It’s interesting because a lot of people told me you’re so brave, you’re so brave. That was the thing that I kept hearing, which was obviously a very nice thing for people to say, but the response that I would have for that is that I’m thankful that I’m at a place in my life where I don’t feel brave about it. To feel brave means that you’re in fear and you do something courageous. I no longer have any fear and shame about this, so I can say it and have it not be a thing that’s overwhelmingly difficult, or something that I would then feel fear about having said and wanting to redact it. That was incredible, and then obviously what came from it was incredible because I’ve been able to be in touch with hundreds of survivors, who have emailed me personally, and I have of course responded and I continue to correspond with all of them. I’m trying to keep up, but I want to personally respond to each of them. Obviously their stories are all very personal to them and some of them have never told anyone but me, some stranger on the other side of the world. But they felt a bond with me because of this article [in Cosmopolitan] so it really gave me an incredible platform. And now I’m here- at college, so it’s awesome.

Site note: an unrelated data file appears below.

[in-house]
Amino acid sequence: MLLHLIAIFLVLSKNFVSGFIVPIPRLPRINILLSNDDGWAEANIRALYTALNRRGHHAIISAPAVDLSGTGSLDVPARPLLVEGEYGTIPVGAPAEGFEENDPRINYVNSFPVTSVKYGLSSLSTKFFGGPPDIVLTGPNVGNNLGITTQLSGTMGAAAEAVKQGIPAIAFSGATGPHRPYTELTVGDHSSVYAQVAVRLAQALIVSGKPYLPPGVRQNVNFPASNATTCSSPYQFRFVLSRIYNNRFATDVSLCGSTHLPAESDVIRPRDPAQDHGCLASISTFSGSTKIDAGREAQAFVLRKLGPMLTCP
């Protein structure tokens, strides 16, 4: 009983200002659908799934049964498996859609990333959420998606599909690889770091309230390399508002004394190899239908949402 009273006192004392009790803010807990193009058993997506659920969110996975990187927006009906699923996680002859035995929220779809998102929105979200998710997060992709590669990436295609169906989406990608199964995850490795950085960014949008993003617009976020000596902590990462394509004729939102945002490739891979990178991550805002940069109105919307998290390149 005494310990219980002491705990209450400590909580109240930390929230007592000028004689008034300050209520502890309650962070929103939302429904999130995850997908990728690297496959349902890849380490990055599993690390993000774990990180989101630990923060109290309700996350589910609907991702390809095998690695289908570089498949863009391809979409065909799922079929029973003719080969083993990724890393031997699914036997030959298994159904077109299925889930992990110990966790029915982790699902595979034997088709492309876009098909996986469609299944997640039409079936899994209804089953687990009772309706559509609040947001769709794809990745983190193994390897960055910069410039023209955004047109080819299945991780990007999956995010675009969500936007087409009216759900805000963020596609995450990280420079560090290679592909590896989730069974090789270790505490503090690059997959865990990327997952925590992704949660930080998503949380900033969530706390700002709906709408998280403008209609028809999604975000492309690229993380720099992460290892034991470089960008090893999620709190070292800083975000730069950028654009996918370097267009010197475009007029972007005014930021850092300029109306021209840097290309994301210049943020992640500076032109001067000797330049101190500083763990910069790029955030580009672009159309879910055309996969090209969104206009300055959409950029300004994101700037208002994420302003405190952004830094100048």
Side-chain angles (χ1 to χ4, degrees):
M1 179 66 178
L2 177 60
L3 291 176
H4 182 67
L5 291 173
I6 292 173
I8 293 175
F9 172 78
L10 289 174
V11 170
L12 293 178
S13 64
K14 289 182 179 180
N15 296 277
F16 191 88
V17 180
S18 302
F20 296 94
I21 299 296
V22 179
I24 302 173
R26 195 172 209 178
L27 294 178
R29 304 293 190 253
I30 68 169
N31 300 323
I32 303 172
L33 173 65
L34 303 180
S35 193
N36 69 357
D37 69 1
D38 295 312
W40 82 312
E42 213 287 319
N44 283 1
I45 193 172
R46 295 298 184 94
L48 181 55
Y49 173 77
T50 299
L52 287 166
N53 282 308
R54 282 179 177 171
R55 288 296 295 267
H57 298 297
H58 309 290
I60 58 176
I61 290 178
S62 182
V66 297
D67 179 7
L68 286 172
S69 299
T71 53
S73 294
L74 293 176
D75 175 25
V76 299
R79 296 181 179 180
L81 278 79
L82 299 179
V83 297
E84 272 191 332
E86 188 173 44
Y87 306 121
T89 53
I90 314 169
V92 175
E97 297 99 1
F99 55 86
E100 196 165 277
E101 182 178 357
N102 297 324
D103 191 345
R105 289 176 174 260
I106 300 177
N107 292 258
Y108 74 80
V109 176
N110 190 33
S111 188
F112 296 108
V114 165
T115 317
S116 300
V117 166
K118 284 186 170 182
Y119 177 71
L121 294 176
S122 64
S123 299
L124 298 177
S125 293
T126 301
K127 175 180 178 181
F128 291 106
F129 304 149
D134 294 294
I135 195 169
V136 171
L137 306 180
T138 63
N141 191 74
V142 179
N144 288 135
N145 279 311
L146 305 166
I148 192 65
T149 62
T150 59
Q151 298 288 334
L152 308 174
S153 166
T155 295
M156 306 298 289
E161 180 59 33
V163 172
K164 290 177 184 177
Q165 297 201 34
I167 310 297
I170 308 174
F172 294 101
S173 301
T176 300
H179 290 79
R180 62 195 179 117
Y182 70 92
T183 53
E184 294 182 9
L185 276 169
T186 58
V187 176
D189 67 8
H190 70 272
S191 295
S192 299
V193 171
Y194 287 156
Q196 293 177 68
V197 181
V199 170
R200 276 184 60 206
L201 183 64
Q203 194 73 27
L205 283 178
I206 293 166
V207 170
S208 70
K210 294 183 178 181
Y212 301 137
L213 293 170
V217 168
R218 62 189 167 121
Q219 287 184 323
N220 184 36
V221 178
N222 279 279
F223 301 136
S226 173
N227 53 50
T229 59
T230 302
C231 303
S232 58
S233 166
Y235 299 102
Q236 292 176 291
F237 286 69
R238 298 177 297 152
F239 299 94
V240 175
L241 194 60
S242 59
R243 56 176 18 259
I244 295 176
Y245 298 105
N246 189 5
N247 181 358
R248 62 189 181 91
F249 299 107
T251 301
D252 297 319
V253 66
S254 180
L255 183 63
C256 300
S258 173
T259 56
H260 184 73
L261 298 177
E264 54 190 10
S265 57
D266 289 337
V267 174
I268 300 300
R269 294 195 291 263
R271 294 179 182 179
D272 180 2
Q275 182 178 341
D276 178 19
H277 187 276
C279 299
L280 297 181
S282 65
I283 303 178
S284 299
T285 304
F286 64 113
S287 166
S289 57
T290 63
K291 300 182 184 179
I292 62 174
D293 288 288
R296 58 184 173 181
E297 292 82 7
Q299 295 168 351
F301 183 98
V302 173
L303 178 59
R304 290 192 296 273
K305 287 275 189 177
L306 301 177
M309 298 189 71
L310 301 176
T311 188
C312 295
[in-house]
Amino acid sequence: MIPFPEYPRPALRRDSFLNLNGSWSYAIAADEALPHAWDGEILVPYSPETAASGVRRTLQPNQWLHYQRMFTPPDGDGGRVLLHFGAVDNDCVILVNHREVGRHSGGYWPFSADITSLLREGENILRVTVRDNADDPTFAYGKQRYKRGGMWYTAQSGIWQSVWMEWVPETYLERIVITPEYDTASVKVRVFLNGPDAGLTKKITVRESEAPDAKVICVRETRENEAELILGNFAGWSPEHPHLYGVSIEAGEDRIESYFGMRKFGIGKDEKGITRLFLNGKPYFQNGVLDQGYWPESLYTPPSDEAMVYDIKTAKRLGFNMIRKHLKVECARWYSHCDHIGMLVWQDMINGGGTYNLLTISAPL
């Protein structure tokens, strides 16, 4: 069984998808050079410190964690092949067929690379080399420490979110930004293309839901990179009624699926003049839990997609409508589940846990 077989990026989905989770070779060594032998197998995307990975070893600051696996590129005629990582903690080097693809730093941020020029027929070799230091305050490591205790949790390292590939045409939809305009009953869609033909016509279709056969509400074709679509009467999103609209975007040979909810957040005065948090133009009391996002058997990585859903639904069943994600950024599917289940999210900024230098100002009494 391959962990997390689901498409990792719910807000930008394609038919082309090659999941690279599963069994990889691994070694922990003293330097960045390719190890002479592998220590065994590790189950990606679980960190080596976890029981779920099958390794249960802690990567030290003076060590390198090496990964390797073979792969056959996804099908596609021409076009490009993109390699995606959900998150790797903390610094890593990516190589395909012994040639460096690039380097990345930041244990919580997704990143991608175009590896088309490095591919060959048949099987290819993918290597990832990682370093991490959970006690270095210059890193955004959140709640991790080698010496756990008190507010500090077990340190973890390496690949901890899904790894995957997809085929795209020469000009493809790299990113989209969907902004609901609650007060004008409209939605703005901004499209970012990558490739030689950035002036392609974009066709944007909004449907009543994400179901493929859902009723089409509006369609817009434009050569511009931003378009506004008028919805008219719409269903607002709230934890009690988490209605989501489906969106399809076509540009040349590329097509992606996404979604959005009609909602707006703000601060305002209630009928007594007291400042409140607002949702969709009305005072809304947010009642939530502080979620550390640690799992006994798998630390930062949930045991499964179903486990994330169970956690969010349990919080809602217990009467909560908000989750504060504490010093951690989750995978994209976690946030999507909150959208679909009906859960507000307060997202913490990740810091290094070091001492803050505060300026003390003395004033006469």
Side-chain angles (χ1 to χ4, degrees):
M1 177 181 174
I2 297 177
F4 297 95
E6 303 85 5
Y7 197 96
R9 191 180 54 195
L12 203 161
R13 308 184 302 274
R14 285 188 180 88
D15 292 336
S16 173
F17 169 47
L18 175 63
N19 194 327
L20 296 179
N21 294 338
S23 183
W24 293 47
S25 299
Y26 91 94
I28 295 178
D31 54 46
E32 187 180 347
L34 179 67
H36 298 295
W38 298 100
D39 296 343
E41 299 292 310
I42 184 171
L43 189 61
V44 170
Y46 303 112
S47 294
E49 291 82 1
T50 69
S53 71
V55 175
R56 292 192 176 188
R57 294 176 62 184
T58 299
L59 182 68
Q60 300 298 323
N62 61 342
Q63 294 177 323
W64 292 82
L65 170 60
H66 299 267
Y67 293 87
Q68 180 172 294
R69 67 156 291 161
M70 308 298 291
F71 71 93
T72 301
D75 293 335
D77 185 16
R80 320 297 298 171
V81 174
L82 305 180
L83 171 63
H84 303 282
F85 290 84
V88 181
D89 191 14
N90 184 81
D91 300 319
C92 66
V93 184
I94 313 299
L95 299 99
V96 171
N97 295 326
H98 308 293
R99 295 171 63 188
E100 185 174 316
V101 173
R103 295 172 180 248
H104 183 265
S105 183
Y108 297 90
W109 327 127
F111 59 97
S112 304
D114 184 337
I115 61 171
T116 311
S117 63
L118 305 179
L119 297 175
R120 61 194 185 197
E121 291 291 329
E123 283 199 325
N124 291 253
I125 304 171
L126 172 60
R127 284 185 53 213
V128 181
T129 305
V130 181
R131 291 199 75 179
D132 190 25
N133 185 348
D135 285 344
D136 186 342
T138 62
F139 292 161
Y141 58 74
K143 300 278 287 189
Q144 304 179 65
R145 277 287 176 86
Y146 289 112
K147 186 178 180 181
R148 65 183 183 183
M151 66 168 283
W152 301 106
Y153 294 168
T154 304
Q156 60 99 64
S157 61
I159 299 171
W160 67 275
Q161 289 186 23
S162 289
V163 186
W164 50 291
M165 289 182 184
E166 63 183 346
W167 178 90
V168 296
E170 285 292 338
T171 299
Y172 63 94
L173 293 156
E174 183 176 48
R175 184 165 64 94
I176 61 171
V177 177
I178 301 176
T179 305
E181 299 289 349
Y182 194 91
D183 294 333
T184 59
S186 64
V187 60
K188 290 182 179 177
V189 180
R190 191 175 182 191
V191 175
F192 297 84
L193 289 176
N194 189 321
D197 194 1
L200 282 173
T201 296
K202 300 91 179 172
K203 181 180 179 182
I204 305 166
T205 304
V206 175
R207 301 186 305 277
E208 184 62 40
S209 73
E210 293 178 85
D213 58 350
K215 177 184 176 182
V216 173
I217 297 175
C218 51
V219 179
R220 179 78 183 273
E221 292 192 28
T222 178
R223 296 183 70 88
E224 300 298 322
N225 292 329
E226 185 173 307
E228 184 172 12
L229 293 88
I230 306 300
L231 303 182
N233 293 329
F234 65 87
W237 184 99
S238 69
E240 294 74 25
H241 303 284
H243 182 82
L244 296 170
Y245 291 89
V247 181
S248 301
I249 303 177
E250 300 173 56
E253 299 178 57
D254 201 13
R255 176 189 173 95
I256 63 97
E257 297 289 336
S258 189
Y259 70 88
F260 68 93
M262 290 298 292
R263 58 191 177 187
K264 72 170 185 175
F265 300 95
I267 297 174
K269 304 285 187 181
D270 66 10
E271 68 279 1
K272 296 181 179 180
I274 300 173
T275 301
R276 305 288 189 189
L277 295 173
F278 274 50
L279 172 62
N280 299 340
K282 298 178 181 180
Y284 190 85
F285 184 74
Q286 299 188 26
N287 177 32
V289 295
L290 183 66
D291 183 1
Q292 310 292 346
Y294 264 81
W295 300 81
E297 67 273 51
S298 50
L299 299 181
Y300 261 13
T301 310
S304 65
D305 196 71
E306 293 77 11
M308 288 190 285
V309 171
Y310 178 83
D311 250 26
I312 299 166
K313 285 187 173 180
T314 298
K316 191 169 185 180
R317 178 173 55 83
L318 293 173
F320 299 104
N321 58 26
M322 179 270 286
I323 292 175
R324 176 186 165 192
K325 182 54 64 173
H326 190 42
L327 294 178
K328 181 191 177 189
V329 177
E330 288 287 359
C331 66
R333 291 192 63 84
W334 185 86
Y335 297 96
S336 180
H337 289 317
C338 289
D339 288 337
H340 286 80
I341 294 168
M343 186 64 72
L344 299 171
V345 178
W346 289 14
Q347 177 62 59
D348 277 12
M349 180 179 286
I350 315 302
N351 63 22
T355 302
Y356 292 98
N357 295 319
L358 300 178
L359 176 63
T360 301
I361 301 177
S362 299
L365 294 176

Who was the person you could confide in most when you first decided to share your story?

Kirk. You know it was really serendipitous that I started this tour at Lafayette. I didn’t really put two and two together initially, but I believe things happen for a reason, and it came into my awareness as I was making plans for accommodations and flights, I was like, ‘Kirk, I’m flying really close to you.’ He lives in Reading, and he’s like, ‘Uh yeah really close.’ Kirk is the one in the story, my friend who said, ‘you’re in love with him, you’re in love with him’ about my assaulter. He was in the friend group. He knows the guy and he was the first person I admitted that I was raped to without really having ever acknowledged myself before that point. So to be able to be here with him, it’s all very serendipitous. So I would say Kirk was a crucial person in that period.